Every Sunday morning from 7 a.m. - noon ET, ESPN Classic will present the previous week's SportsCentury profiles. Here's the Sunday, May 27 lineup:
All times Eastern
Raised in a family of bootleggers who never met a vehicle they wouldn't race, Tim Flock made his mark as one of stock-car racing's pioneers. Exploding on the scene in the 1950s, he won two Grand National championships and finished with 40 victories (in 189 starts). His winning percentage of 21.2 remains the best in NASCAR history. With his career winding down in 1961, Flock gained more headlines when he was banned for life from NASCAR for his involvement in attempting to start a drivers union. Flock's personality and antics were as memorable as his victories. Most notable was "Jocko Flocko," the pet monkey who accompanied Flock in his car for eight races. Flock had his best year in 1955 as he captured his second championship. He won 18 of 39 races, a record that stood until 1967, when Richard Petty registered 19 victories. The 18 pole positions Flock earned still stand as a record. Flock's fellow drivers also voted him Most Popular Driver.
He has not won a race since 1984. His last championship came in 1979. But Richard Petty's big sunglasses, cowboy hat and that No. 43 still loom large over stock-car racing. His record seven Daytona 500 wins might fall some day. But what never can be displaced is the role Petty had building stock-car racing from a day at the beach for good ol' boys into a super-speedway sport for the masses. The winner of seven Winston Cup championships (tied for the most with Dale Earnhardt) and a remarkable 200 NASCAR races was a man for the people, a charismatic presence the way Arnie was for golf and Babe was for baseball. From the fifties to the nineties, millions flocked to see the races because of him -- "The King." He's the first stock-car racer to exceed $1 million in earnings, first to repeat as winner of the Daytona 500, winner of 10 consecutive races, 356 top-five finishes and $7,755,409 in earnings. Not bad for a guy who made only $760 his first year of racing.
Bill Vukovich was a racing legend during the fifties, best remembered for three Indy 500 races. He won the first two; he died in the third. Vukovich had been the outstanding driver at the Brickyard since his third race there. Driving a Fuel Injection Special, Vukovich dominated the 1953 and 1954 races. The next year, the man nicknamed both the Mad Russian (for his charging driving style) and the Silent Serb (for his cool demeanor) sought to become the first driver to win three consecutive Indy 500s. But, on the 57th lap, tragedy struck. Three cars crashed in front of him. Vukovich had only about six feet of passable space by the outer wall, but a car spun into that space, sending Vukovich's car over the wall. Its nose hit first, bouncing, spinning and burning. Before the flames from the car reached him, Vukovich was already dead, from a fracture at the base of his skull. He was 36. A Hall of Fame driver, Vukovich was known for his intensity and will to win.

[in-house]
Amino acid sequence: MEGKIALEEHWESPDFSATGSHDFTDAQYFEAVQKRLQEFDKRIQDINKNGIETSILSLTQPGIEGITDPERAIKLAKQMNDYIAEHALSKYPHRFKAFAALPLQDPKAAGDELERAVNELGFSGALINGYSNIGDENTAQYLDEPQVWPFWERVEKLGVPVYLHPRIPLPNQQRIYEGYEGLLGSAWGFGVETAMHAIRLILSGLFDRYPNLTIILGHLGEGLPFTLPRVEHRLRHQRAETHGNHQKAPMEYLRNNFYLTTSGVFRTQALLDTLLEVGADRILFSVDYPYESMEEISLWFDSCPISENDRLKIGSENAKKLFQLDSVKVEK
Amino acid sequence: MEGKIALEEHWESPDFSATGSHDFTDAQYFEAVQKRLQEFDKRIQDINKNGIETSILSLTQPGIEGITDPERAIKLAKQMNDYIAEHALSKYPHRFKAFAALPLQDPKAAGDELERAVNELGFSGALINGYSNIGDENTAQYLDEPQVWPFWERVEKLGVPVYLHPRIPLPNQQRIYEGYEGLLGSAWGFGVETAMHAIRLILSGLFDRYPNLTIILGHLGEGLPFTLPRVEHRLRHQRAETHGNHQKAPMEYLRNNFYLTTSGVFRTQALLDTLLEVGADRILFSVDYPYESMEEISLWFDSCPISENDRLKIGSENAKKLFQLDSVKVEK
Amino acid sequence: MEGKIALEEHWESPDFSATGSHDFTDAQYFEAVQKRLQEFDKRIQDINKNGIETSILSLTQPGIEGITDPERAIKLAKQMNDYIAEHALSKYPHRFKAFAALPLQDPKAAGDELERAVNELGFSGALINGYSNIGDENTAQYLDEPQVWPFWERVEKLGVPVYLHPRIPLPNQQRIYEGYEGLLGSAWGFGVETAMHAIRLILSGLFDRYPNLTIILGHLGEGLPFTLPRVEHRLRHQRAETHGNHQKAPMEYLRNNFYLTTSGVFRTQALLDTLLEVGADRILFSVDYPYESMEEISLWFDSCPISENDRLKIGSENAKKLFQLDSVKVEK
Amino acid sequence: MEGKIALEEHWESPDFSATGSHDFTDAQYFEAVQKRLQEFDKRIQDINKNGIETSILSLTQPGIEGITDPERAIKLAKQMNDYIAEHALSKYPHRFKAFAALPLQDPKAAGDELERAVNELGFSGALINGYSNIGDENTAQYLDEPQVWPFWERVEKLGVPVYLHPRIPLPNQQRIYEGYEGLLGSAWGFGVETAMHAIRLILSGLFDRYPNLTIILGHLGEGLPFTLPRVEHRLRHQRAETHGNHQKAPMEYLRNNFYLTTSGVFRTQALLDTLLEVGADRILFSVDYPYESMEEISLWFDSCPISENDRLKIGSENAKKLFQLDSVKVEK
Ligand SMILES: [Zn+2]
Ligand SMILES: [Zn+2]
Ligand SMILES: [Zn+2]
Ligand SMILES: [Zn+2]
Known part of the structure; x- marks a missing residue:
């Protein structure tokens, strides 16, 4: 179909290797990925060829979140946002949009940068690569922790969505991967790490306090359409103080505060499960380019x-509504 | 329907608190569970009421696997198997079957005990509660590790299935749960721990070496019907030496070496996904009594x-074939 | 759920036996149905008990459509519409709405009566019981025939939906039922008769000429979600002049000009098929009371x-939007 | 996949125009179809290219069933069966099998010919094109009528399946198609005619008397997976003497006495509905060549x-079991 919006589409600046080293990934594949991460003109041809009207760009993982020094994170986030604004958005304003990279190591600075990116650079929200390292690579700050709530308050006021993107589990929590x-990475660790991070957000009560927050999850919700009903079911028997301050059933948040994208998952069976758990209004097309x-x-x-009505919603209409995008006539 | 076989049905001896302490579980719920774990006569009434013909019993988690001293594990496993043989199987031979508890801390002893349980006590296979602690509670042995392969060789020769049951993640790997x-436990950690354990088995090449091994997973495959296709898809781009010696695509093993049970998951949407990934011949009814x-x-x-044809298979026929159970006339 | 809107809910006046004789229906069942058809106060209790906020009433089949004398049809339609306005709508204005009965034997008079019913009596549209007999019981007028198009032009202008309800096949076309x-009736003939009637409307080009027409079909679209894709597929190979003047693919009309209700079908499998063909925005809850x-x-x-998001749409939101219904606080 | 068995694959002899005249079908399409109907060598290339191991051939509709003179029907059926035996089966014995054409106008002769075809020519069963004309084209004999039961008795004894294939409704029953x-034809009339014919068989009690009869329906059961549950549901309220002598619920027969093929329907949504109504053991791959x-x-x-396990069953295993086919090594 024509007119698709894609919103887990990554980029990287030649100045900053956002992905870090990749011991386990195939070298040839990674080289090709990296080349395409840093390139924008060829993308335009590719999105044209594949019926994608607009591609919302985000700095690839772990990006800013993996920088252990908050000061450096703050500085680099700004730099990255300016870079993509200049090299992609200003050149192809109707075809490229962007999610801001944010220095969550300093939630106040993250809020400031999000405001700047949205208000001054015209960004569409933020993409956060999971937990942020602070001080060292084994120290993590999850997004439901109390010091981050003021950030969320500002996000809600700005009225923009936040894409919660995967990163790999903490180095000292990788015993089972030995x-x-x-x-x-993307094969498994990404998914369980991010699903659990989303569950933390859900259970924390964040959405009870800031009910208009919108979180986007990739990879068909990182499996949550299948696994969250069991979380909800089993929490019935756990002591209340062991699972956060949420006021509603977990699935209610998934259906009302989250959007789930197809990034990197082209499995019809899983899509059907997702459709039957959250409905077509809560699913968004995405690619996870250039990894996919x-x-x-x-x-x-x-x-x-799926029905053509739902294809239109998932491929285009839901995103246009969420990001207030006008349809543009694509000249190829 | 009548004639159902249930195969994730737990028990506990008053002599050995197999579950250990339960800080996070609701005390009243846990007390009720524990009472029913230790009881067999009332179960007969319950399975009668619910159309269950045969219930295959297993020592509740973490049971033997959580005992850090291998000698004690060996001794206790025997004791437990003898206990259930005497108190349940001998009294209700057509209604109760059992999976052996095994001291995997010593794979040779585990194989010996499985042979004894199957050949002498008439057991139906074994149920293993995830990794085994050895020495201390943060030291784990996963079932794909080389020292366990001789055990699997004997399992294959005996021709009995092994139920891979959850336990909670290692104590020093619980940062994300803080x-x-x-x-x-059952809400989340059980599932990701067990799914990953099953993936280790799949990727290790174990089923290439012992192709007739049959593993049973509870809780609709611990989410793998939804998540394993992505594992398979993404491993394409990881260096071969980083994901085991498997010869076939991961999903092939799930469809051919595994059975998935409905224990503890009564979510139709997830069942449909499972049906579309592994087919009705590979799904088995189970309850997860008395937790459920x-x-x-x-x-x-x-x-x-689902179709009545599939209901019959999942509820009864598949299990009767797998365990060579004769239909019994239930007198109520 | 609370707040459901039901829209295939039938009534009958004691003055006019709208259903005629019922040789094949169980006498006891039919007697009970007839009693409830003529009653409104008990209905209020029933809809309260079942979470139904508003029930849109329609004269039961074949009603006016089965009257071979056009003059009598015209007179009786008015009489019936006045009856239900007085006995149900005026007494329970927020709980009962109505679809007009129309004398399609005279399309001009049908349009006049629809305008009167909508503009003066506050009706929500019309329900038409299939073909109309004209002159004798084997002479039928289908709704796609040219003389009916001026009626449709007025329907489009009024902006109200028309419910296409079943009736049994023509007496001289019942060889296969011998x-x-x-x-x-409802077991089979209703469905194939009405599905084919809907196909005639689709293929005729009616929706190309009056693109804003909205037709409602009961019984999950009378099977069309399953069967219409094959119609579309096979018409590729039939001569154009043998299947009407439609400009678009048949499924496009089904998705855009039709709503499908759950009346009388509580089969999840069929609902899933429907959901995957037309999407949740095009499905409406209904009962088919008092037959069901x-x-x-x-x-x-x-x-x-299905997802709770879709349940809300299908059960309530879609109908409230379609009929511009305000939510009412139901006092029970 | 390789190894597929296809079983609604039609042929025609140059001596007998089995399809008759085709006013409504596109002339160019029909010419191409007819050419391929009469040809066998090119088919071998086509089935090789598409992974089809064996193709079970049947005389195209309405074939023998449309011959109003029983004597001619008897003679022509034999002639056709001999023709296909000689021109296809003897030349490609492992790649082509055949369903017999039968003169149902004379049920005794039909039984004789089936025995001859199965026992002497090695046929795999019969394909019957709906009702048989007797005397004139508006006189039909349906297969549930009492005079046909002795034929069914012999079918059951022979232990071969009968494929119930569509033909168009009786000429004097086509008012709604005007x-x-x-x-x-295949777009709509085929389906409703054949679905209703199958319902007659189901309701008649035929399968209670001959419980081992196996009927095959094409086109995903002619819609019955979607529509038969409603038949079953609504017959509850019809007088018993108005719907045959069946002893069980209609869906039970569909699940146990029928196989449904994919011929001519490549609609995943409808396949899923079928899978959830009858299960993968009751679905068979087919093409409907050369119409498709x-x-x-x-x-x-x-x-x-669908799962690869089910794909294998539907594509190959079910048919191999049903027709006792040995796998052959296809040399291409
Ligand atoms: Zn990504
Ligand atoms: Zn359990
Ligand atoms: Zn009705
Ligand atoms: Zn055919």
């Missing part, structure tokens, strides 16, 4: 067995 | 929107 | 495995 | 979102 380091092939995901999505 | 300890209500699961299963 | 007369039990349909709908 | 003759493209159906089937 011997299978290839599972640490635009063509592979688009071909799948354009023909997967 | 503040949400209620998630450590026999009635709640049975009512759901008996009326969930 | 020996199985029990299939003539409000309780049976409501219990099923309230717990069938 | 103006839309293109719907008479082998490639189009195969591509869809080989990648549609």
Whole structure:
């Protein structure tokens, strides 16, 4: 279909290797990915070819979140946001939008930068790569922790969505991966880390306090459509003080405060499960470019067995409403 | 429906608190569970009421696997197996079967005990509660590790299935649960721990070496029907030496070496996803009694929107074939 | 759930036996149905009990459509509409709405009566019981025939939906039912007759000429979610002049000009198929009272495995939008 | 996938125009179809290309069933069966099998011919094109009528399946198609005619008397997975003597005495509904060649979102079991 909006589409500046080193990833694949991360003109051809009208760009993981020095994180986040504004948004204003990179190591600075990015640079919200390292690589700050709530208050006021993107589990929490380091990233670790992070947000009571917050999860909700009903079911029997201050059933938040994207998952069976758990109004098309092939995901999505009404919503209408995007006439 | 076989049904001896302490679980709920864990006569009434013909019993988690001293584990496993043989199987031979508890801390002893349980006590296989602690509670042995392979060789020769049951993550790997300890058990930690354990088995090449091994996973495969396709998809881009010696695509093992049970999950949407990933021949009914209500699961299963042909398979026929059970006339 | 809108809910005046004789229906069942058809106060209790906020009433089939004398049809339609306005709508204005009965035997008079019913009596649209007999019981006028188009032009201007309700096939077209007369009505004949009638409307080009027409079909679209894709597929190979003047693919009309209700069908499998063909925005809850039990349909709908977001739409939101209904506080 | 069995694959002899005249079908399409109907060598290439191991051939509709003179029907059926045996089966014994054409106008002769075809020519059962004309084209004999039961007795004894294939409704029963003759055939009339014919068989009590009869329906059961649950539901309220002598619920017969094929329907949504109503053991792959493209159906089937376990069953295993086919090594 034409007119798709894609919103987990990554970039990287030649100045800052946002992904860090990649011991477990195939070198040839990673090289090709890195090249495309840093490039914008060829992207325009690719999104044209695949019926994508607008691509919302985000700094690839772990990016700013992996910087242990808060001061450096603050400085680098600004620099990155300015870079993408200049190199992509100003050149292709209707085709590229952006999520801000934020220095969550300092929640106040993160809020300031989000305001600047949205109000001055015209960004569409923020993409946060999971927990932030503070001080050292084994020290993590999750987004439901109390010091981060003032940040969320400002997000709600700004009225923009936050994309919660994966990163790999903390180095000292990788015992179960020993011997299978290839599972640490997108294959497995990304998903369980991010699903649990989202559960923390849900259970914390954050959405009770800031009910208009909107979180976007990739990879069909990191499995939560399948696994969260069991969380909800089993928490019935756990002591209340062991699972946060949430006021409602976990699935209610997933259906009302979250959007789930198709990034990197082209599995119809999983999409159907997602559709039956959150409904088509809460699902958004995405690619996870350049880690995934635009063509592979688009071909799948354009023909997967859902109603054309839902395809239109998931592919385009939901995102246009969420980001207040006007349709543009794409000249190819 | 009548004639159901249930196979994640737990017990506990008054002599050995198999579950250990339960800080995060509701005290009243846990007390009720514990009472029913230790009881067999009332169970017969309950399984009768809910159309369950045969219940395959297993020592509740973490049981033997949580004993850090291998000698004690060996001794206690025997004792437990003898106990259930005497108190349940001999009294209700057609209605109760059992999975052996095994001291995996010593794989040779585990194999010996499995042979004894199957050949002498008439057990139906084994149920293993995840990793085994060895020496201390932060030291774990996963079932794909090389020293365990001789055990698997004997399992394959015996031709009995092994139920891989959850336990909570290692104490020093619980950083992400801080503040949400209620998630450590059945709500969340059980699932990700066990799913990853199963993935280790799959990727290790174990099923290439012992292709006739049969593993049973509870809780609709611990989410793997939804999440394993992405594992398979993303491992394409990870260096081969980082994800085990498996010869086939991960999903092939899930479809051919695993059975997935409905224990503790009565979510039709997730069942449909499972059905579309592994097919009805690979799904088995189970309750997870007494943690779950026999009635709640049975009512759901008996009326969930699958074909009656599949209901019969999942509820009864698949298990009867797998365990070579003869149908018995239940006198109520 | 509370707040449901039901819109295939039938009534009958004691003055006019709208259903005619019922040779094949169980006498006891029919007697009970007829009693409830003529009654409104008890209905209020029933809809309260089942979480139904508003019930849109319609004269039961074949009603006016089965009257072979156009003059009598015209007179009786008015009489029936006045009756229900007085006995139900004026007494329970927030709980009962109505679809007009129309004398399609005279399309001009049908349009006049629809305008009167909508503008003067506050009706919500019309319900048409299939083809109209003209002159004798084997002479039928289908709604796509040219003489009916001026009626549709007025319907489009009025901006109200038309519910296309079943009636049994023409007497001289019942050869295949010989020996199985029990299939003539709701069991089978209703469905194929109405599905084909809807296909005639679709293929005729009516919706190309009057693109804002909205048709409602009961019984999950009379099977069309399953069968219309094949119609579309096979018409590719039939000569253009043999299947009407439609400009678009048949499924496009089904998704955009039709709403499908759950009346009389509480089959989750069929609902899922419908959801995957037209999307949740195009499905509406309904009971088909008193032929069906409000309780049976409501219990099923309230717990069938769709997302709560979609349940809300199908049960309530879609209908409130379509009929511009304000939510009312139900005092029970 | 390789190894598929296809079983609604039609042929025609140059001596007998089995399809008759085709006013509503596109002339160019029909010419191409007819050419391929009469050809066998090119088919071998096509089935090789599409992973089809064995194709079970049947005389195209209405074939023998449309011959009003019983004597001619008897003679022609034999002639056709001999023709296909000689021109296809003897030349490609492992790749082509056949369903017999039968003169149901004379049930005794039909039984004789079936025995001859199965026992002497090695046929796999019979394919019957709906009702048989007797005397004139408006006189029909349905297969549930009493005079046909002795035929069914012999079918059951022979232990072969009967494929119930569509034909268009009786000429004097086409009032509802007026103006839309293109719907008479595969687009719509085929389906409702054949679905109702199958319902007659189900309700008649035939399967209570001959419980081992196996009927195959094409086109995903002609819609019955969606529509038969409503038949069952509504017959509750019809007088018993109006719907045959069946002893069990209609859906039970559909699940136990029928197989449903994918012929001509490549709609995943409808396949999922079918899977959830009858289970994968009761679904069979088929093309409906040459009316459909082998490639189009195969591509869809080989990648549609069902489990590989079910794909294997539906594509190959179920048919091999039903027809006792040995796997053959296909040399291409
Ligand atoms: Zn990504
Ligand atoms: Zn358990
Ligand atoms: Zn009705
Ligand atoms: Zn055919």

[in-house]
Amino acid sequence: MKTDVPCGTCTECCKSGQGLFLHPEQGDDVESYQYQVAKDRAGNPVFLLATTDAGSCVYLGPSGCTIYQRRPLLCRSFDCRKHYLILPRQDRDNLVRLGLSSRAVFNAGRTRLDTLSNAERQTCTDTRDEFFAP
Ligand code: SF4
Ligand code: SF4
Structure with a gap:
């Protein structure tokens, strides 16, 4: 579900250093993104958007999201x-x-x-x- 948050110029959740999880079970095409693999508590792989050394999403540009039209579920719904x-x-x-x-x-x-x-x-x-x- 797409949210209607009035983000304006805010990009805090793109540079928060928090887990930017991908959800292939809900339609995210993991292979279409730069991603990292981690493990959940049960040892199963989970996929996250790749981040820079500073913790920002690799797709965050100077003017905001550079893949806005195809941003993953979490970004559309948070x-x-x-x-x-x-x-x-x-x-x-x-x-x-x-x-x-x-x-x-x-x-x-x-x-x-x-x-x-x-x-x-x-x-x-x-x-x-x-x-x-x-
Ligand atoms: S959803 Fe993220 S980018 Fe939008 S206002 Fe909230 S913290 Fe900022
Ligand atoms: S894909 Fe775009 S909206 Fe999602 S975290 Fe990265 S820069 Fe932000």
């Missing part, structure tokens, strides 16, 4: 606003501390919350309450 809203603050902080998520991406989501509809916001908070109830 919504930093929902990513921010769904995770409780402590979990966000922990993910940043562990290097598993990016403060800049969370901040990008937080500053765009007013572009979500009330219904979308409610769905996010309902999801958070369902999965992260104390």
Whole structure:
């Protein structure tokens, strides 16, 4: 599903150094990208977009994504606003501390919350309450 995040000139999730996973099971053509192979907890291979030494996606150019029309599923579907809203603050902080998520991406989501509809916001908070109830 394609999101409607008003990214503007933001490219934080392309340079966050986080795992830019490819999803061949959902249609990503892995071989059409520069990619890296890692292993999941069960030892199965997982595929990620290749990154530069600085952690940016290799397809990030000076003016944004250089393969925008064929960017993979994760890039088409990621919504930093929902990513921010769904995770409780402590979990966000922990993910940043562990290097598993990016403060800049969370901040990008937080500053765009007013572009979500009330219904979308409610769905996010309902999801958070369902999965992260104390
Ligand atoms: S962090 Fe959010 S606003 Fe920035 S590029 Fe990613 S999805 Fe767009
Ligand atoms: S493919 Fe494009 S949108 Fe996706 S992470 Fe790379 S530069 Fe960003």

A.J. Foyt has always believed in God, America and himself -- and not necessarily in that order. A man of conviction, he is loyal to his friends and indifferent to his enemies. He is brash and blunt. He knew only one speed -- pedal to the floor. People respect Foyt, a man with as much true grit as the Duke. The tough Texan is an Indy legend, the first driver to win the prestigious race four times. The only person to have driven in the race for 35 consecutive years, he did 4,909 laps around the oval for a total of 12,272.5 miles (or about five trips from New York to San Francisco). He earned $2,637,963 competing in the Indy 500. His seven national Indy car championships remain a record. So do his 67 Indy car victories, which are 15 more than the No. 2 driver, Mario Andretti. One year, Foyt won an astounding 10 of 13 races. He is the only driver to achieve this triple: victories in the Indy 500, NASCAR's Daytona 500 (in 1972) and the 24 Hours of Le Mans international sports car race (with Dan Gurney in 1967). And no other driver has at least 20 victories in the United States Auto Club's four major categories: Indy cars, stock cars (41), sprint cars (28) and midgets (20).
Vroom! That sound you hear is Mario Andretti speeding around the track. Whether it was Indy, Formula One, Formula 5000 or Sprint cars, he proved himself a winner at all levels of competition. Let's look at Andretti's record: Only driver to win the Daytona 500, Indy 500 and Formula One world title; Only person to be named Driver of the Year in three decades - 1967, 1978 and 1984; Four-time Indy car national champion; One of only three drivers to win races on paved ovals, road courses and dirt tracks in one season, a feat he accomplished four times; At 53, he set the then-world closed-course speed record of 234.275 mph in qualifying at the Michigan International Speedway in 1993; and with his 52nd (and final) Indy car victory (also his 100th major career victory) at the Phoenix 200 in April 1993, Andretti became the first driver to win Indy car races in four decades and the first to win races in five decades. The winner of $11,552,154 in Indy car competition plus more than $1 million on other circuits, he is enshrined in four Halls of Fame -- the International Motorsports, the Motorsports of America, the Indianapolis 500 and the Sprint Car.